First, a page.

2. The size of things
Powers of 10
Distance, time, temperature, mass, put them on a line

2. The size of things

Plot the range of values of  temperature, mass, length along a line.

Start with Temperature: plot temperatures on a line. Make a line of geshes lined up according to hand temperature.
Human perception of whether something is hot or cold can be imprecise so we have to create an instrument, a thermometer.
Explore the history of thermometers.
Look at the definition of temperature.
There is a zero temperature. Most everyday temperatures can be plotted along a line with linear spacing. Most temperatures fall in the range between absolute zero and the temperature of the surface of the sun, 5800 K. Temperatures can have much higher values.
Look at the history of the definition of temperature: from human hands, through thermometers, to thermodynamics.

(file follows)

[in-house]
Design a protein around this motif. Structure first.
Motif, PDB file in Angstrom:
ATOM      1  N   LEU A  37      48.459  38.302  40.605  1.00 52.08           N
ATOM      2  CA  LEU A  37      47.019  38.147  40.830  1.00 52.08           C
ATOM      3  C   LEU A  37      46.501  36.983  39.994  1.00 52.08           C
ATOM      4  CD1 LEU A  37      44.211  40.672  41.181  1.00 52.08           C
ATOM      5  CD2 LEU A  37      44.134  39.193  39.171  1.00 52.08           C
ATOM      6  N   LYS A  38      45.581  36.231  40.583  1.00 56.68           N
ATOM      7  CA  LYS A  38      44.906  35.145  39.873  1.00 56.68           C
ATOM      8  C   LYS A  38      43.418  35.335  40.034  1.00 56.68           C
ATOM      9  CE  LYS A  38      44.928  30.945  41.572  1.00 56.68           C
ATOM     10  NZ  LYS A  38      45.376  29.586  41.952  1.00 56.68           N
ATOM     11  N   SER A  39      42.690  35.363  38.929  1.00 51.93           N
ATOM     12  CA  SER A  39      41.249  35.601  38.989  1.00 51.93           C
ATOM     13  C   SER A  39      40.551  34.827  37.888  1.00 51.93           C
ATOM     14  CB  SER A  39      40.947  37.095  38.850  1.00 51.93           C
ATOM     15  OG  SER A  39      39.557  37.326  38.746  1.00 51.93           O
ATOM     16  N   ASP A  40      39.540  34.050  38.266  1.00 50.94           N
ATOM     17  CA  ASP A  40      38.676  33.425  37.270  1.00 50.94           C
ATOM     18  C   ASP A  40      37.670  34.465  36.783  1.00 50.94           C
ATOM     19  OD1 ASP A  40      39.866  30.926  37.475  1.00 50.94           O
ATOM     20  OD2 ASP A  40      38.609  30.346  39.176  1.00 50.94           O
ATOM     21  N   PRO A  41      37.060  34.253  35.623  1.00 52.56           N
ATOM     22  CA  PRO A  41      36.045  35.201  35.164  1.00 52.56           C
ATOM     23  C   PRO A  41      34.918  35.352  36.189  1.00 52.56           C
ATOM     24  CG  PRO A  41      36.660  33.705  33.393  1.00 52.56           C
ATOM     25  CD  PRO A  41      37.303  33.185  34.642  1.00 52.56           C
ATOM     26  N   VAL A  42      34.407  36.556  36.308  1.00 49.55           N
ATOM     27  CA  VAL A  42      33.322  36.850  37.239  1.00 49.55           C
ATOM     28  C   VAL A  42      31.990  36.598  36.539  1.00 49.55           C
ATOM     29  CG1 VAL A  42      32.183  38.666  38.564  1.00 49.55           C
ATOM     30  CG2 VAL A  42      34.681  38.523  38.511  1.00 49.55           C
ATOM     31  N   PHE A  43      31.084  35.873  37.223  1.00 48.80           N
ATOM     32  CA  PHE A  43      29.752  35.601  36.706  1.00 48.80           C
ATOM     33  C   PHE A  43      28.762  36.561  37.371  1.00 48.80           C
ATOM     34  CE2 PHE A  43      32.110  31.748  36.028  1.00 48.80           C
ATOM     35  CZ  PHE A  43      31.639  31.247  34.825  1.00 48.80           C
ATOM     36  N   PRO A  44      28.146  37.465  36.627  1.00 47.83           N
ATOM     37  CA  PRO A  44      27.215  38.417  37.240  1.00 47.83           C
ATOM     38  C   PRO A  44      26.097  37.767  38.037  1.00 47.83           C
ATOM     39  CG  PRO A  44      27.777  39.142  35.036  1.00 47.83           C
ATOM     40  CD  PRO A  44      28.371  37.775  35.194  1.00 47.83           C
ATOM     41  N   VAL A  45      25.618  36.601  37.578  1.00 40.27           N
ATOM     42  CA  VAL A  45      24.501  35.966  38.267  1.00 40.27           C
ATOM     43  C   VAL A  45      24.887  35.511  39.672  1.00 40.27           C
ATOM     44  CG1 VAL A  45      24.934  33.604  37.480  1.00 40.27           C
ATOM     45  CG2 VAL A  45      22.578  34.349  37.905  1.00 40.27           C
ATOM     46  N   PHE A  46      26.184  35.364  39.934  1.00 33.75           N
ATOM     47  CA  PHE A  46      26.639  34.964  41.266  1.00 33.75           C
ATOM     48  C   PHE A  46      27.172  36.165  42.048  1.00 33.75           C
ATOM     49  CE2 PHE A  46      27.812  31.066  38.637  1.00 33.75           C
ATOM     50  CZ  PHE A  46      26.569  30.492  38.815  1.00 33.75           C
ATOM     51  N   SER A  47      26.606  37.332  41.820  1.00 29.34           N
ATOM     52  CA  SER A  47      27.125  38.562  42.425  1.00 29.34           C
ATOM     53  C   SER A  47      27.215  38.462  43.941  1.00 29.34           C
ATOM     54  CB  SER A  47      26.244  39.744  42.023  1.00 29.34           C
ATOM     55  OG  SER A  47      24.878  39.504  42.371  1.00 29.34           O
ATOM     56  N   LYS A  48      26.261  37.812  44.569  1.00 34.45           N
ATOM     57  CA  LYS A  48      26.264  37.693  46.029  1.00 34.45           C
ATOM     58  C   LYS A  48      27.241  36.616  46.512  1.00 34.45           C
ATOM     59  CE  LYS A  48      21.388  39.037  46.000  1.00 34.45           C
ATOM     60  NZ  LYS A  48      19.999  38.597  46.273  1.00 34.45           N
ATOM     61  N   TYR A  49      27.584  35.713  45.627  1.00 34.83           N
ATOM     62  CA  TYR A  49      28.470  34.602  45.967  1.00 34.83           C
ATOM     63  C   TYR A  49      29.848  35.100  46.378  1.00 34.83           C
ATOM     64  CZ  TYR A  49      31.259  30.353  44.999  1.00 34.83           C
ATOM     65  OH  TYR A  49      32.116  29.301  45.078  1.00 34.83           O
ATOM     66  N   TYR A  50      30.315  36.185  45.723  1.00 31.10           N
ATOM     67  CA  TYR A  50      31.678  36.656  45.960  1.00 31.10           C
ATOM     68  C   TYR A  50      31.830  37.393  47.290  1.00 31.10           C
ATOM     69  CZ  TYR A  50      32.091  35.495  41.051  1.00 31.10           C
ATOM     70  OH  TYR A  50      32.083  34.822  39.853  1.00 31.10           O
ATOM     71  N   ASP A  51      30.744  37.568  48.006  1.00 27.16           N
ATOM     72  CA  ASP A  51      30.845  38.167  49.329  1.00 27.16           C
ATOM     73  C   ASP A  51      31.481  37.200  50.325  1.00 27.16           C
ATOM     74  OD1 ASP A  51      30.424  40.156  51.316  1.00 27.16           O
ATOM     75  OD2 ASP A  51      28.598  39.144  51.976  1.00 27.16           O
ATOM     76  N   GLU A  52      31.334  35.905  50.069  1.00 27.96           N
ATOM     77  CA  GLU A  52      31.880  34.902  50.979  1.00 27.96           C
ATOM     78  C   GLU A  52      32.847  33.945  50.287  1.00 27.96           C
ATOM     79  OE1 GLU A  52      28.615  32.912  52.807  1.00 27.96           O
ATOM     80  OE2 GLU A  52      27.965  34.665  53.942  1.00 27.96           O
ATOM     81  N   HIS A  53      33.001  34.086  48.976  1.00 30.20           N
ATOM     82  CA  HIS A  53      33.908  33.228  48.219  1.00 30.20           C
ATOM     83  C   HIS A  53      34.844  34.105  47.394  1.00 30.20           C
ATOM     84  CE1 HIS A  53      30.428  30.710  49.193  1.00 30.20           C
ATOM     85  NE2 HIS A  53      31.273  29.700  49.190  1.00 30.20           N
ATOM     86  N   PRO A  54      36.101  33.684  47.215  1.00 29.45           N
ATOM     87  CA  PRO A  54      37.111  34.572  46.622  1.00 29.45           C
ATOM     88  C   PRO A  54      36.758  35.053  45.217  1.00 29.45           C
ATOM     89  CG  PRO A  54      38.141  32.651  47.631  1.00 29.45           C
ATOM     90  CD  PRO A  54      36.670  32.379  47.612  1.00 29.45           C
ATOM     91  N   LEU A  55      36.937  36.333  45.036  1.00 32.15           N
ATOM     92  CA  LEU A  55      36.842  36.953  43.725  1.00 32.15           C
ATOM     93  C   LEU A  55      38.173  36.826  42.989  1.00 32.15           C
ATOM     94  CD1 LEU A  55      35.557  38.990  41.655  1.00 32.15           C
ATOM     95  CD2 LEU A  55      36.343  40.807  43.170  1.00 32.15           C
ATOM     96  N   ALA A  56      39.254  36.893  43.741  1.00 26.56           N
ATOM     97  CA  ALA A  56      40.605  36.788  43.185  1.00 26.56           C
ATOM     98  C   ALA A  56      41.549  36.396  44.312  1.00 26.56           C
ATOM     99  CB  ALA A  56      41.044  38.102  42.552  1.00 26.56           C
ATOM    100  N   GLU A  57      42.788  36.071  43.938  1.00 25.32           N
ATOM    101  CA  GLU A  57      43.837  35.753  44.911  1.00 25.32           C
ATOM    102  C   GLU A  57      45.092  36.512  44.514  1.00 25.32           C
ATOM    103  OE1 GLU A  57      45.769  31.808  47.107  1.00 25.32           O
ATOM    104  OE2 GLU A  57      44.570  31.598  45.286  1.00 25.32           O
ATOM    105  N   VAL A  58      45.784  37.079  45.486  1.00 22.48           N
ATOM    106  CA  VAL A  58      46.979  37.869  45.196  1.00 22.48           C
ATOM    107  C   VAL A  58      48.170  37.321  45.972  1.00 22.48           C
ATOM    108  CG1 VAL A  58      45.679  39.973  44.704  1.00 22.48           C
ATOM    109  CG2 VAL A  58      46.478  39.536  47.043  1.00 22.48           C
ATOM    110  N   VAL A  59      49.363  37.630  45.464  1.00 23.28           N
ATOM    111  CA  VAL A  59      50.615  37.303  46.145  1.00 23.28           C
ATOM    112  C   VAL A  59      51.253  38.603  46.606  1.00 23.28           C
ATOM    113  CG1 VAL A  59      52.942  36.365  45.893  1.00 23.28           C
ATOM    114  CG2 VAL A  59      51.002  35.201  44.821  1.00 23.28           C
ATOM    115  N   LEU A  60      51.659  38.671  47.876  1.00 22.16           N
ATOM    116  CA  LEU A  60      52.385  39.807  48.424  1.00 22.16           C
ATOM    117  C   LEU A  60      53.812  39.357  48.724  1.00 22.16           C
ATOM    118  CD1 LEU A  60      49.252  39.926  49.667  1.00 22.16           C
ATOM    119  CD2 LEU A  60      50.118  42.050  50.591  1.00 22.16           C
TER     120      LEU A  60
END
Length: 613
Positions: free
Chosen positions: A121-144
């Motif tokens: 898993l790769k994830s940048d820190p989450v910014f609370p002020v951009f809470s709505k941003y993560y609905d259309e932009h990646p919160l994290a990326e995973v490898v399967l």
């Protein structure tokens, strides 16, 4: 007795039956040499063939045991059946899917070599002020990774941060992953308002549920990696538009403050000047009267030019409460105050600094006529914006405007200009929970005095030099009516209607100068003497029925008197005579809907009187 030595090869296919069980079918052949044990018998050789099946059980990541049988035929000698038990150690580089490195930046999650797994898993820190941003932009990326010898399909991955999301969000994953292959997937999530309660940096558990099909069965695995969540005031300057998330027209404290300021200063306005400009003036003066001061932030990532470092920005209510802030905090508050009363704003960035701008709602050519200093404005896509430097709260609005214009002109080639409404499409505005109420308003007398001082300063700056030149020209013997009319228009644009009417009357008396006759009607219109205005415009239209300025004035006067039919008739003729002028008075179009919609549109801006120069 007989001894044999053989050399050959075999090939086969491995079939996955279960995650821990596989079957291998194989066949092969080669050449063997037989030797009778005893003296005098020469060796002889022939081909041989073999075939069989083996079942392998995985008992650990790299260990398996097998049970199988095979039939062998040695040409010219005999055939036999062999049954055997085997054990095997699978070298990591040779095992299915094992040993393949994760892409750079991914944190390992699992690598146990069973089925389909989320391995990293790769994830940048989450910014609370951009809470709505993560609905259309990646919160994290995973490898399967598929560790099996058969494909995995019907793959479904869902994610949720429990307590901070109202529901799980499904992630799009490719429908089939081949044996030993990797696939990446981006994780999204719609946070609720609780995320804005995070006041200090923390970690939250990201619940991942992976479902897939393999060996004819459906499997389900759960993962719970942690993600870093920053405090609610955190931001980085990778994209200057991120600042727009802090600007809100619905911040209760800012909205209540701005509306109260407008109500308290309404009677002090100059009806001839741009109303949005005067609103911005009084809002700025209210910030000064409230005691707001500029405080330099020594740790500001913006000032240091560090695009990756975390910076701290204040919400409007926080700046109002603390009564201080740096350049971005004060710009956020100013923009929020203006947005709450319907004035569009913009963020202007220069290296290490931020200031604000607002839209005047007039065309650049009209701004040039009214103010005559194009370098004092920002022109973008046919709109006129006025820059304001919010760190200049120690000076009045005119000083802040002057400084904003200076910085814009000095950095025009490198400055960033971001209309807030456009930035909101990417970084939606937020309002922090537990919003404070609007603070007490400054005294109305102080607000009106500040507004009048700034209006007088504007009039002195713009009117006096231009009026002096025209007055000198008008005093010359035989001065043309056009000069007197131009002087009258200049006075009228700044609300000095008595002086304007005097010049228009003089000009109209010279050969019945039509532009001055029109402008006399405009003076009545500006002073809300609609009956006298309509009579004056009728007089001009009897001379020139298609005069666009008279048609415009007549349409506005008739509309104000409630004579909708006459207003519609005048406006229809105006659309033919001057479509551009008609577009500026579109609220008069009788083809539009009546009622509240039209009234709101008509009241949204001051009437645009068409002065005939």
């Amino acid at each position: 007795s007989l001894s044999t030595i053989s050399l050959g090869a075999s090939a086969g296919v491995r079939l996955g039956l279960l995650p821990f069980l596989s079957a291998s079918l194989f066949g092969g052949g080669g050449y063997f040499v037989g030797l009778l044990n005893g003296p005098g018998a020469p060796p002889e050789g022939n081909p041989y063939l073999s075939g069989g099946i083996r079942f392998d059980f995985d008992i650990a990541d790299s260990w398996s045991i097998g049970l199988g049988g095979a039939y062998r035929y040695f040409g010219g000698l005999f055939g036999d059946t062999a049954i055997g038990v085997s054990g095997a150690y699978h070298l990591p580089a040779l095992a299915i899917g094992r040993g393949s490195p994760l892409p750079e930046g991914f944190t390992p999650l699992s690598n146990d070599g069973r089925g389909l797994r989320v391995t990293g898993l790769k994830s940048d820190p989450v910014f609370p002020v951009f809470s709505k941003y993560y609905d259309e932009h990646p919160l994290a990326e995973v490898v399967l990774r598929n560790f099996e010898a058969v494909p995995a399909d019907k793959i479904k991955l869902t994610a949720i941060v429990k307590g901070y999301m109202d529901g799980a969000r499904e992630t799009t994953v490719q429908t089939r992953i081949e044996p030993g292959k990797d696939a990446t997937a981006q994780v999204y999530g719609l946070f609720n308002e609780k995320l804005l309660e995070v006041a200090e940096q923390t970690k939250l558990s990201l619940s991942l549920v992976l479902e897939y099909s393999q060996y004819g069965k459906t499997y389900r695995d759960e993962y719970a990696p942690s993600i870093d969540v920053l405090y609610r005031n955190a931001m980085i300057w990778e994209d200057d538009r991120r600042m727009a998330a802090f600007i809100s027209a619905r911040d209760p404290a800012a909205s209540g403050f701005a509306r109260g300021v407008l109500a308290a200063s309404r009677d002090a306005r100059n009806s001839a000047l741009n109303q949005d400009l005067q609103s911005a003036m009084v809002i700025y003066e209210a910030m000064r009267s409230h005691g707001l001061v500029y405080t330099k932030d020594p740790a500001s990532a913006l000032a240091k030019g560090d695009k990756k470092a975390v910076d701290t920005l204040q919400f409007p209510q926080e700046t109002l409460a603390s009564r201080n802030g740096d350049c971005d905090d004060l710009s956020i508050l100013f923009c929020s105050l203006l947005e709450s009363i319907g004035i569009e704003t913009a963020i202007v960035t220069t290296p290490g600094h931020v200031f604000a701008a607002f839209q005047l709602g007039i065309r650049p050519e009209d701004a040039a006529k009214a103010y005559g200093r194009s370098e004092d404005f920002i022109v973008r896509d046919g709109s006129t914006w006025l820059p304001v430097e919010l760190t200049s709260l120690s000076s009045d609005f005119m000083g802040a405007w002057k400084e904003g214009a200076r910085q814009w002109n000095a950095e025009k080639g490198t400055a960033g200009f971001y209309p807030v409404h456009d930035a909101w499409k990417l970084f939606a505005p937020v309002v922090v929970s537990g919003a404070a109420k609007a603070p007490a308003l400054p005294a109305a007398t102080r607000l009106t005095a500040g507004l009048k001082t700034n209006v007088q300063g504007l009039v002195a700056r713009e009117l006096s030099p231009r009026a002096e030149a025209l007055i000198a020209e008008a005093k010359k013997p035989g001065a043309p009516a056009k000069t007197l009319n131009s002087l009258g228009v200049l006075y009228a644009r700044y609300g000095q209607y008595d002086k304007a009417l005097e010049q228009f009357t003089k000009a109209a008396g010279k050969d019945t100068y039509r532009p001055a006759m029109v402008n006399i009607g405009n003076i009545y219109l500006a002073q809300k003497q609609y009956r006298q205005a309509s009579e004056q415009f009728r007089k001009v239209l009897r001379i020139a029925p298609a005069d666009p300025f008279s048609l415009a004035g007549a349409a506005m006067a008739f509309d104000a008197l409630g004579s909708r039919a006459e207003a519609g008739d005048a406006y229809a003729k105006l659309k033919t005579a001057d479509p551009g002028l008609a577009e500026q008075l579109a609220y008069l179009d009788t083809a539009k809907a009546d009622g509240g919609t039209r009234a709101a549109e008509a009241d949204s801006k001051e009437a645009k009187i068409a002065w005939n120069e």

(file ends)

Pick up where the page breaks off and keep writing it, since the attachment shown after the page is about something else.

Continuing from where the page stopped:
Mass: what is mass? Mass (actually rest mass) ranges from 0 for massless particles to the mass of the universe. The plot must use powers of 10 because for objects with non-zero mass since it stretches over 80 orders of magnitude.

A side trip tells the story of Napier and the invention of logarithms.

Space: plot the diameter of things and also the distance between things. The shortest size is the planck length at which space itself becomes quantized. The greatest size is the diameter of the visible universe. The size of the universe The distance between two points in the vacuum of  space is changed when viewed while the observer is in motion or when measured near a mass.

Time: Time is what is measured by clocks. Plot events in the history of the universe by the time since the big bang. Examine time intervals as well. The shortest time interval is the planck time. The measurement of the passage of time is changed when a clock is moving or when a clock is near a mass. The uses of modern atomic clocks

Keynote lectures Cosmology 101

 Scientific Explorations with Paul Doherty © 2011 18 October 2011